Rosamund Vallings MB BS
We know that any viral illness will be followed by a post-viral phase. During this time the body is theoretically in “recovery mode.” Even after a simple cold, a person can be left feeling rather drained and limp for a few days but will usually slowly recover.
In those who are diagnosed with ME/CFS, the majority will have started this illness with a viral infection, from which they never seemed to recover. When you have a viral illness, your immune system goes into “disarray” and is upsetting your whole system, seemingly fighting the virus. Gradually the fight is over and successful, and you feel recovered. But those who end up with ME/CFS have an immune system which seems to persist in the fighting mode, producing a lot of extra hormones, chemicals and many other immune system abnormalities. This is exhausting and leads to many ongoing changes and symptoms. The changes may affect the body chemistry and the metabolism further, and have far-reaching effects on the brain, muscles and other body systems.
So why should the after-effects from COVID-19 be any different? There are thousands of people around the world now being diagnosed with the condition called “Long COVID,” and immunologically and chemically, it is no different from ME/CFS – a prolonged post-viral state – often very severe.
We have to ask ourselves “Can this condition be prevented?” as there is no “quick-fix.”
We do know however that pushing yourself hard during the recovery phase can lead to worsening symptoms and potentially to a final diagnosis of ME/CFS.
After COVID-19 most people yearn to get their health back and return to a full life again. There is a temptation to return to normal as soon as possible. But there is certainly good evidence now that pushing hard mentally or physically too soon, can prolong the illness, or even cause relapse.
During the recovery phase from COVID-19, it is therefore important to take supreme care of yourself in order to minimise the risks. We know that some people are probably genetically vulnerable, and we also know that those already with a diagnosis of ME/CFS almost always will risk worsening symptoms or even serious relapse if they push too hard mentally or physically. So, we need to translate these facts to those in the recovery phase from COVID-19.
While you are recovering from COVID-19 you need to acknowledge the known facts. So,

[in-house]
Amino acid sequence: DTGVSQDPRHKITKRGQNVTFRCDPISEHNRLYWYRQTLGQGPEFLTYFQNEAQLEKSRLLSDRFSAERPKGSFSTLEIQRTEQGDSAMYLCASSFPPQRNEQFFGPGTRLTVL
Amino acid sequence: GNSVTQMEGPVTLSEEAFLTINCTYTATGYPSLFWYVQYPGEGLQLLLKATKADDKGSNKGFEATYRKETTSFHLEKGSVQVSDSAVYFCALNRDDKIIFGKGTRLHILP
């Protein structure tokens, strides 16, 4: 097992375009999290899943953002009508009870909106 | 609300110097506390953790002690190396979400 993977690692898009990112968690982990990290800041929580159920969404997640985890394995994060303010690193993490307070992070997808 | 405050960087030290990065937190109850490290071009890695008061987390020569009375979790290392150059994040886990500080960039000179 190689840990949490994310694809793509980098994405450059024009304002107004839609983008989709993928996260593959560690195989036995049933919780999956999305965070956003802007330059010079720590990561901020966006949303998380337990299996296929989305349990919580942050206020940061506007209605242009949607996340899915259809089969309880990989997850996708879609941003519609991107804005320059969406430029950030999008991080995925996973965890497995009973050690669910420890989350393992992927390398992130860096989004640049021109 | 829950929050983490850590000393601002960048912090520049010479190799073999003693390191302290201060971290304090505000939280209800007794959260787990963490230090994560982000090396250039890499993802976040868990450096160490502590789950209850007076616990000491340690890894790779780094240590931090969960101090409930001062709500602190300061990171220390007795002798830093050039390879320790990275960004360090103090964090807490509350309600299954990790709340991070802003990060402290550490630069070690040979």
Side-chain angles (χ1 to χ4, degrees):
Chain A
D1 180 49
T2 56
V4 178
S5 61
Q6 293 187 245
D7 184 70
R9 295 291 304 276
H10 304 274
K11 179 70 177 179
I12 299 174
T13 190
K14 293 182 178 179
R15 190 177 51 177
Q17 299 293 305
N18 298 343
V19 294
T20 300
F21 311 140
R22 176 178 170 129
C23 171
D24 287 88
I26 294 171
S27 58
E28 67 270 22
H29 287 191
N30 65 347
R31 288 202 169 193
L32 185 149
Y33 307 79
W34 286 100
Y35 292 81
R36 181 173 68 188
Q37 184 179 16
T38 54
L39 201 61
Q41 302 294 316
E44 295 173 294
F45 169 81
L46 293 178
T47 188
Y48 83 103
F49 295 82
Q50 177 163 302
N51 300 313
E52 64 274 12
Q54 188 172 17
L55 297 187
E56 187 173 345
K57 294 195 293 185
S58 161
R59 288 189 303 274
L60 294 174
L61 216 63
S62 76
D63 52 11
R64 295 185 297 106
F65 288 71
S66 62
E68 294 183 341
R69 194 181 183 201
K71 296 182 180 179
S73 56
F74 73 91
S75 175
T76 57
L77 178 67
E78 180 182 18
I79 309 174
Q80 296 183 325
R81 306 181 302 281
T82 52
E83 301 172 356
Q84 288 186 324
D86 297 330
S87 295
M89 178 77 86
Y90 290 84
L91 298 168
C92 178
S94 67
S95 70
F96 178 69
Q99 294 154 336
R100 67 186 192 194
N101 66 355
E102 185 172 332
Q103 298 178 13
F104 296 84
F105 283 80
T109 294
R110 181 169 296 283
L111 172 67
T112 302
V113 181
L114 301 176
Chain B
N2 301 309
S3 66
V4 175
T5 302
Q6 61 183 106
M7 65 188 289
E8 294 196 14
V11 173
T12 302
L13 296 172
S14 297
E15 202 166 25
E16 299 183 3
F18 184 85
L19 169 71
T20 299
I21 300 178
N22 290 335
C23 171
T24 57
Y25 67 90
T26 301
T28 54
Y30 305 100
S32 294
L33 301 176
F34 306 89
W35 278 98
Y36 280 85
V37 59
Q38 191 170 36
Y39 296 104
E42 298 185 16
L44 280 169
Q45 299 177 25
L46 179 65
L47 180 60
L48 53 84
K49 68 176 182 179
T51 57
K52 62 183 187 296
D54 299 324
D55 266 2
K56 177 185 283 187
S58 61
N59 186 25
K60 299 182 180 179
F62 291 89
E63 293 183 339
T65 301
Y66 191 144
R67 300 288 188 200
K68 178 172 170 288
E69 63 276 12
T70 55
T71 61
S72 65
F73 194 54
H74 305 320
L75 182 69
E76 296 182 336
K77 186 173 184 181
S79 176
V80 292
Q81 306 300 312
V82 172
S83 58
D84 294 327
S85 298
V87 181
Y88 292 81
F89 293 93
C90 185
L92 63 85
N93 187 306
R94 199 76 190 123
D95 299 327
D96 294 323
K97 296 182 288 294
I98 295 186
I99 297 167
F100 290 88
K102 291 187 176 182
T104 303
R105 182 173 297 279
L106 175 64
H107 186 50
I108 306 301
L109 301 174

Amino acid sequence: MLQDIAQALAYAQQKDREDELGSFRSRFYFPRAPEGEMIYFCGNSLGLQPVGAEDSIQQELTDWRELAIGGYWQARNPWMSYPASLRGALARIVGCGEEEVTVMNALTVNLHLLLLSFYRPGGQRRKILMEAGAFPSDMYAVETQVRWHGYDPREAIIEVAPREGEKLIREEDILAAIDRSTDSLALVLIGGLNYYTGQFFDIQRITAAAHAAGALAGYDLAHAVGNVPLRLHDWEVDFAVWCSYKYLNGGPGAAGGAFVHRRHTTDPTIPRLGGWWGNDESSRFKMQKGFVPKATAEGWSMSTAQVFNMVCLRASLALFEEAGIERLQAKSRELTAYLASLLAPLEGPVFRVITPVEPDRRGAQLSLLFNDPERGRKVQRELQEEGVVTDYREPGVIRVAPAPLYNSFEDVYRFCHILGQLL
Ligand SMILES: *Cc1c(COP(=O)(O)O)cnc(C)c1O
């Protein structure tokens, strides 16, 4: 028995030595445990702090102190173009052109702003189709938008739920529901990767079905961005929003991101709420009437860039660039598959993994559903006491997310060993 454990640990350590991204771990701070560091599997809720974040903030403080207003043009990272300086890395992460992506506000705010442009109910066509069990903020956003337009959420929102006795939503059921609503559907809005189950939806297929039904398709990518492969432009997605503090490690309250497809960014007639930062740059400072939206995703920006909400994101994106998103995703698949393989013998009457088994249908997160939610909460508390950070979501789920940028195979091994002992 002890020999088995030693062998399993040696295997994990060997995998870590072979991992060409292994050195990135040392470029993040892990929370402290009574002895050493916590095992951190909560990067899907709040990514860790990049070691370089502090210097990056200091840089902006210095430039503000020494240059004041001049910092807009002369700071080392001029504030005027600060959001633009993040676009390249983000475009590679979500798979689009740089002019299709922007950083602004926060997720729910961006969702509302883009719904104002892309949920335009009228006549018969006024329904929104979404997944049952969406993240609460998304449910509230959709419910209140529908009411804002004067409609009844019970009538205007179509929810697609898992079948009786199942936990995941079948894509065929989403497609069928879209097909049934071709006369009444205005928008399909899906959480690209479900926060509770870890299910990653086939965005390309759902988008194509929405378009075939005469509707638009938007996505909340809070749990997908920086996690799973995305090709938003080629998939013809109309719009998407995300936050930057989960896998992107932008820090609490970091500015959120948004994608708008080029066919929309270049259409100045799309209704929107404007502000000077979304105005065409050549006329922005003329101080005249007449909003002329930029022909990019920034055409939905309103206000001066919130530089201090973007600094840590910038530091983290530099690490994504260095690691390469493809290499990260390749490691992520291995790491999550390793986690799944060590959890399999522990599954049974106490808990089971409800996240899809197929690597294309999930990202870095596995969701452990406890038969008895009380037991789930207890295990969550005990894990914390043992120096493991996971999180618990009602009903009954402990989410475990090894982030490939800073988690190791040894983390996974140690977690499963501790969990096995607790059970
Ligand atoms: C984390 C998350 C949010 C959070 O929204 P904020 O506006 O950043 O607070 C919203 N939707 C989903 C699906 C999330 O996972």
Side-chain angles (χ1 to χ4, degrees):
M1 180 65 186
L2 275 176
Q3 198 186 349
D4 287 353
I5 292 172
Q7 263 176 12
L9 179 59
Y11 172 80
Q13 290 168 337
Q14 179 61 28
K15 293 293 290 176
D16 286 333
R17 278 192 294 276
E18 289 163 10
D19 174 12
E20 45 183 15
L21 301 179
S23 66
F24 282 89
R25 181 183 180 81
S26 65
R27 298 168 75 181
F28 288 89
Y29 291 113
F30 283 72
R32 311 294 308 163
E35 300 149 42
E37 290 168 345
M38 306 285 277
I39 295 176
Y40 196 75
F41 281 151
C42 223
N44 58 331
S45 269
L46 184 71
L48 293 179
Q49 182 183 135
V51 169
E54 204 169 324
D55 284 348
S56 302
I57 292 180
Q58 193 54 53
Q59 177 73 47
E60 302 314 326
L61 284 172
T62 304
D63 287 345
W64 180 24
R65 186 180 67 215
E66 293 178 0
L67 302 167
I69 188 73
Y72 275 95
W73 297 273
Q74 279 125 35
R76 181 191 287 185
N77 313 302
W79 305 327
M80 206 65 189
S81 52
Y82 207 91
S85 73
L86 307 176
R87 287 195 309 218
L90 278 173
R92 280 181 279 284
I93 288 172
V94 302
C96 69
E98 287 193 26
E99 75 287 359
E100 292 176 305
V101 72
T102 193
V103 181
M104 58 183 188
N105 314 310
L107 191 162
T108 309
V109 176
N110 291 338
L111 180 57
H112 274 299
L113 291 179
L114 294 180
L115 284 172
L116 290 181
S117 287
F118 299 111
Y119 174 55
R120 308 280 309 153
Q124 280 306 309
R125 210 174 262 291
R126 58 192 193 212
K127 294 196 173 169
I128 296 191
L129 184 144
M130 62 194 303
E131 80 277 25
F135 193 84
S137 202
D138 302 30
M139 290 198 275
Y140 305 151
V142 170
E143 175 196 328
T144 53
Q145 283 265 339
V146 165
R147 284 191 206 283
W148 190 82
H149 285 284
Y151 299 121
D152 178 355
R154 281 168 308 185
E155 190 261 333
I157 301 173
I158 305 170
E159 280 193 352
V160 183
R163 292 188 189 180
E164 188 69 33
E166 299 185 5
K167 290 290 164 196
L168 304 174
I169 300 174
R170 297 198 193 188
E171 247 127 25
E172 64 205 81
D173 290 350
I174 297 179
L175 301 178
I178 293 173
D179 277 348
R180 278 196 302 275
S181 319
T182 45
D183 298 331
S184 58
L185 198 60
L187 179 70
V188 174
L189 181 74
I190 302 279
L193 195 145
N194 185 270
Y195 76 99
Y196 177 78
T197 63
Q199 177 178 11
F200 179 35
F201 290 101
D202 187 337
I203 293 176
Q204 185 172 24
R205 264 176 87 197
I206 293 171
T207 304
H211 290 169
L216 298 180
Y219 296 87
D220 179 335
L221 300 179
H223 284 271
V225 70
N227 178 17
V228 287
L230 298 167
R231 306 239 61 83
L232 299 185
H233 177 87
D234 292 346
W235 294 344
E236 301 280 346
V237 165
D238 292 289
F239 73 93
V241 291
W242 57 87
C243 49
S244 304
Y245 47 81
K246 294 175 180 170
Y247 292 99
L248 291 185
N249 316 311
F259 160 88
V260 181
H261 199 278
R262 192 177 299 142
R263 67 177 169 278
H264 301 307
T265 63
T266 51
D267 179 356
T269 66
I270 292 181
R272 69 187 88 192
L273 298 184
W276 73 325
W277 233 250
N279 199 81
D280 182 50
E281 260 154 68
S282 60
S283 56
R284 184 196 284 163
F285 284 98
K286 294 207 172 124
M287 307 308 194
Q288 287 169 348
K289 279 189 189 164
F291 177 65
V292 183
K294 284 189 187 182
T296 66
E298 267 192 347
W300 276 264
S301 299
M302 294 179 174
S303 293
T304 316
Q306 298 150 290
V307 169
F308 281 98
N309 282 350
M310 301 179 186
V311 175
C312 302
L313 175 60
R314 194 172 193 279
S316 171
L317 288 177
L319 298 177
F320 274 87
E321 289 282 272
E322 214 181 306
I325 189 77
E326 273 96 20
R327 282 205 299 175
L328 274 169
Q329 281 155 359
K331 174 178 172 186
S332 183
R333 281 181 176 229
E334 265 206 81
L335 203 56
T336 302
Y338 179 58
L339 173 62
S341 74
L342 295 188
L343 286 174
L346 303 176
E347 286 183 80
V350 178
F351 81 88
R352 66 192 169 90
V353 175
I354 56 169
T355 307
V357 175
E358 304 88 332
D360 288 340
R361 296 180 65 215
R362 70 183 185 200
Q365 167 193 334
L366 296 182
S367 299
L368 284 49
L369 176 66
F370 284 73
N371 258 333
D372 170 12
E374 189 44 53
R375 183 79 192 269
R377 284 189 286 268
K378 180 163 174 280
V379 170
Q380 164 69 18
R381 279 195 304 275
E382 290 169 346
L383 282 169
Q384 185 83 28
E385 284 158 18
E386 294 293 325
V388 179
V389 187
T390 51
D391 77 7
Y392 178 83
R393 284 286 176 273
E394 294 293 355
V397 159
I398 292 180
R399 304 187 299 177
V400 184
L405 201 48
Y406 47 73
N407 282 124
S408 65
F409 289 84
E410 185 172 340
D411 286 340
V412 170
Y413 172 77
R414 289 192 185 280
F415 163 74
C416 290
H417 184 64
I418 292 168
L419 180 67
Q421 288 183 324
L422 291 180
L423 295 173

- stay home and rest while you still have symptoms (however mild)
- do not indulge in hard exercise, or long work hours
- go to bed early
- rehabilitate very slowly and cautiously.
While this approach may not prevent a prolonged illness such as ME/CFS, you are giving yourself a good chance of regaining your pre-COVID health.
What is Long COVID?
Long COVID is a condition that occurs in people with a history of probable or confirmed SARS-CoV-2 (COVID-19) infection. It usually begins 3 months from the onset of COVID-19 with symptoms that last for at least 2 months that cannot be explained by an alternative diagnosis. For some people symptoms can last months after the infection has gone. This is sometimes called post-COVID-19 syndrome or Long COVID.
Common Long COVID symptoms include:
- extreme tiredness (fatigue)
- shortness of breath
- chest pain or tightness
- problems with memory and concentration (“brain fog”)
- difficulty sleeping (insomnia)
- heart palpitations
- pins and needles
- joint pain
- depression and anxiety
- tinnitus, earaches
- feeling sick, diarrhoea, stomach aches, loss of appetite
- a high temperature, cough, headaches, sore throat, changes to sense of smell or taste
How is Long COVID treated?
Treatment for Long COVID is similar to that of ME/CFS. It is about managing symptoms and pain.
The key to symptom management is pacing.
If PEM (post-exertional malaise) is experienced, you must avoid exercise and activities that cause fatigue or increased symptoms, and conserve your energy.
Dr. Charles Shepherd provides an extensive report on Long COVID and ME/CFS. Read it here:
Dr. Charles Shepherd also provides an extensive report analysing the similarities and differences between Long COVID and ME/CFS. Read it here:
Paediatric pacing guide by ME Action UK:
Paediatric pacing guide.
Adult pacing guide by Action for M.E.: